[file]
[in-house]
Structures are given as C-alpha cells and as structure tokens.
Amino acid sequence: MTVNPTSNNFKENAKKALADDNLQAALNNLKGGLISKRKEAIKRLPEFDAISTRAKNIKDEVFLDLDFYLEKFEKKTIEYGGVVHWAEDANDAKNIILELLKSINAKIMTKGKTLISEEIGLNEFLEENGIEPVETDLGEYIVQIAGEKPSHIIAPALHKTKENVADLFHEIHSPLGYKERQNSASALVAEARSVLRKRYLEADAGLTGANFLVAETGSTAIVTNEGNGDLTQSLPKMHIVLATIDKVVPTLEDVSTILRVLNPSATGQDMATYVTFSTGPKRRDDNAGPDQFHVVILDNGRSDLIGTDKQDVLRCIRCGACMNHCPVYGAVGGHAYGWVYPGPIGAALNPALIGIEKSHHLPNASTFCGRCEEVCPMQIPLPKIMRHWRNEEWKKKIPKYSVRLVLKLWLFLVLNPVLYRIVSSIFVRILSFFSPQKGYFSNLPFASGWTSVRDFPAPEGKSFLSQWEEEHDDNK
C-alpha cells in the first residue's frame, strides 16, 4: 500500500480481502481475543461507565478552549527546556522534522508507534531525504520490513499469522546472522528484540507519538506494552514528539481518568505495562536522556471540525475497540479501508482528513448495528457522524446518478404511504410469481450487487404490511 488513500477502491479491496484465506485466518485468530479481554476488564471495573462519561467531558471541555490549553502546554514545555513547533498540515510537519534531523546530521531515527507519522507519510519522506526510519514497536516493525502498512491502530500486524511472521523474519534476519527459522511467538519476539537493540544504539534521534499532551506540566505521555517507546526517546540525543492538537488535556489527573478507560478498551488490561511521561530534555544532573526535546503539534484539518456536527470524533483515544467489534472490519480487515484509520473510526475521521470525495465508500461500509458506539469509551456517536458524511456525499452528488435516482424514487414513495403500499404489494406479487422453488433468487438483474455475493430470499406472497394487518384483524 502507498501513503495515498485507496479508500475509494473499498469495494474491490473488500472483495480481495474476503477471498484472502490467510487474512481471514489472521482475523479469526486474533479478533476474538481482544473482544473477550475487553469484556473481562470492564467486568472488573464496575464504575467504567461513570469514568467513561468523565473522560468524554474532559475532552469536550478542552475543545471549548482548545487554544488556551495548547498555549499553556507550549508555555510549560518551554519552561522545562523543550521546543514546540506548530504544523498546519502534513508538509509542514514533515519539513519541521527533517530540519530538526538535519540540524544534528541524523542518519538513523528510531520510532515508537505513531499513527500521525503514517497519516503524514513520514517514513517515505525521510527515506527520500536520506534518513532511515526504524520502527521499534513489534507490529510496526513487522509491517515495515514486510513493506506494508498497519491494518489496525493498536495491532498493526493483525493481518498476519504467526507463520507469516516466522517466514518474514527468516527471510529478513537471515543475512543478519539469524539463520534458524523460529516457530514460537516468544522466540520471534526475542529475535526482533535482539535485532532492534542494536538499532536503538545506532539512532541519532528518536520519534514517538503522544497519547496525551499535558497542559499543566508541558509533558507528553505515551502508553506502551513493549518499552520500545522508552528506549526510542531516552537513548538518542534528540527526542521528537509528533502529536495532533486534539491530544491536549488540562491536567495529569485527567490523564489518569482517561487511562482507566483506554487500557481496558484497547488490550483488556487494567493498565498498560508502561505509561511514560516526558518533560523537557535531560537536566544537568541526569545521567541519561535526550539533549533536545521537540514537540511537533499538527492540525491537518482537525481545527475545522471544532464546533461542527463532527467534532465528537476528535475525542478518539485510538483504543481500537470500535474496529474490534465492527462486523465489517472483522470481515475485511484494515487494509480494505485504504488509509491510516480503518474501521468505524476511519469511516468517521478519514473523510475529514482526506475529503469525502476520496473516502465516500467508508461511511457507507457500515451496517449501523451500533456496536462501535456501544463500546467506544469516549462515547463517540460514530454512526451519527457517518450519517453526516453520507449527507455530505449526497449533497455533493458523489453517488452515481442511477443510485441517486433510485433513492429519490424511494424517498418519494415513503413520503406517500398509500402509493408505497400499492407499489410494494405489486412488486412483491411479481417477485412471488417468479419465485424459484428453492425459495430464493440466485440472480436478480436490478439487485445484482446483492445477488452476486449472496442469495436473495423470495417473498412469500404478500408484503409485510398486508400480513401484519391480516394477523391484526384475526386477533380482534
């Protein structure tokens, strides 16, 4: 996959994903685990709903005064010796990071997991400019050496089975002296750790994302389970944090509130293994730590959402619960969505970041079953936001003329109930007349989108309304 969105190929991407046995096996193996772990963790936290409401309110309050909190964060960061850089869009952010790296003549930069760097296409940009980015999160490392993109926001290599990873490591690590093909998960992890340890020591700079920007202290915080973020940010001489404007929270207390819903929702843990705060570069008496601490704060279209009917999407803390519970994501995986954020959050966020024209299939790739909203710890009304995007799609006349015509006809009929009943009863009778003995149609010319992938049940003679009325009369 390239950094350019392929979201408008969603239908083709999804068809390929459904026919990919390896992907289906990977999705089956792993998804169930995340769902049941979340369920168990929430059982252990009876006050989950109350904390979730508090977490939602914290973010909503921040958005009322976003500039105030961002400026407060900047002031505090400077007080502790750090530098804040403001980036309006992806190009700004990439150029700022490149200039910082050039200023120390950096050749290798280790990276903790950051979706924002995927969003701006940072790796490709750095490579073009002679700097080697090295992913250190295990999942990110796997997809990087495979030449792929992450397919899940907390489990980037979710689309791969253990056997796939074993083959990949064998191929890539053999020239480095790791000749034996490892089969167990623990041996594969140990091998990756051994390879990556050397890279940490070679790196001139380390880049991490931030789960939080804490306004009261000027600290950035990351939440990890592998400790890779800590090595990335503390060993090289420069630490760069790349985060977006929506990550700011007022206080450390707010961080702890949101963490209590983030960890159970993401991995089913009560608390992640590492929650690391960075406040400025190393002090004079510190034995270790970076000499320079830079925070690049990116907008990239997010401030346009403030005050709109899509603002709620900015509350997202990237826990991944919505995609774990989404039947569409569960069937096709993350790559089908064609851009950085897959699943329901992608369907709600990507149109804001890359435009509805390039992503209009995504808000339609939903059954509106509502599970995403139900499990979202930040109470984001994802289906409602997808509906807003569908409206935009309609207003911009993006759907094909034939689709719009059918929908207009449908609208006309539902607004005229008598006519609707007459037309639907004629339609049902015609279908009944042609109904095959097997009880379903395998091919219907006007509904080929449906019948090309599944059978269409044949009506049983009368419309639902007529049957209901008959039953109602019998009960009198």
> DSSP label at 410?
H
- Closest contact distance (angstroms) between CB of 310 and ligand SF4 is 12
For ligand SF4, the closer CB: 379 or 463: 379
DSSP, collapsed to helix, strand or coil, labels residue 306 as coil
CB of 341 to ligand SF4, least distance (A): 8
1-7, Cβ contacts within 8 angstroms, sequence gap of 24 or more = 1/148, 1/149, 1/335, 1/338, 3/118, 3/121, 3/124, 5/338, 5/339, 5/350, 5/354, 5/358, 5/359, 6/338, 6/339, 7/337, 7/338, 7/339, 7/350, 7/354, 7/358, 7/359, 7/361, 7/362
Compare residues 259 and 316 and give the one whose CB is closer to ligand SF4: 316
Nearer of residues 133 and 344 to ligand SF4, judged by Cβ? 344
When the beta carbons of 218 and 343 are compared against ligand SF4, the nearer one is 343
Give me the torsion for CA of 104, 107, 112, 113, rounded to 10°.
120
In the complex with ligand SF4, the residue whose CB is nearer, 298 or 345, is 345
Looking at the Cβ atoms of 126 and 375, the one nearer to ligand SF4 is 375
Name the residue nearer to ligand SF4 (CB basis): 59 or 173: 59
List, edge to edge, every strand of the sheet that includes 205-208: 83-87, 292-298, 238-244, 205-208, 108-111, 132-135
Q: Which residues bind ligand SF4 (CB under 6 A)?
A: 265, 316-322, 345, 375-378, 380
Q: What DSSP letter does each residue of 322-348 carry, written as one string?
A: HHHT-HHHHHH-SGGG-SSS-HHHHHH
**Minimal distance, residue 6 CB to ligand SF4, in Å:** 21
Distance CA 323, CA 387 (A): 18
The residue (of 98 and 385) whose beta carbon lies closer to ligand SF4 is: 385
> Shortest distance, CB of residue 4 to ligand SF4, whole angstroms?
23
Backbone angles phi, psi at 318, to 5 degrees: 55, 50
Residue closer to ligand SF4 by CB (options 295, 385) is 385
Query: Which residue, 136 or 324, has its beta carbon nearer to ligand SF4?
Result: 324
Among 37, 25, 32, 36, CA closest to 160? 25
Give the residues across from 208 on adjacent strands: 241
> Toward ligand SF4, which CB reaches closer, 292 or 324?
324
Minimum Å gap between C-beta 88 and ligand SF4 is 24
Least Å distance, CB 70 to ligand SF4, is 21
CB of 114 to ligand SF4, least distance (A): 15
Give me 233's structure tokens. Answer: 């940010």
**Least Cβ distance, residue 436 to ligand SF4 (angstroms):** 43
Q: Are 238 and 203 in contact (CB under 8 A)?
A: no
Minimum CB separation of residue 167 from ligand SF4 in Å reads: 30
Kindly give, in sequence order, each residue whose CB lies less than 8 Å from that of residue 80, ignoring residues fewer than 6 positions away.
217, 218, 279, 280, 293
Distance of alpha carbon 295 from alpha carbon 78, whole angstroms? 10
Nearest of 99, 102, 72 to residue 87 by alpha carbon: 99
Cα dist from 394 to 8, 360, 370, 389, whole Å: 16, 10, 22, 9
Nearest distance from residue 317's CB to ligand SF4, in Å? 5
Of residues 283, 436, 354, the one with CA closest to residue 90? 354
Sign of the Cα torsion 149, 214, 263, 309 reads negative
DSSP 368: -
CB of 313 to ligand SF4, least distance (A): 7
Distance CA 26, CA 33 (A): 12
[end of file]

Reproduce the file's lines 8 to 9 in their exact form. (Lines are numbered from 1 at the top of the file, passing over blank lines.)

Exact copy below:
- Closest contact distance (angstroms) between CB of 310 and ligand SF4 is 12
For ligand SF4, the closer CB: 379 or 463: 379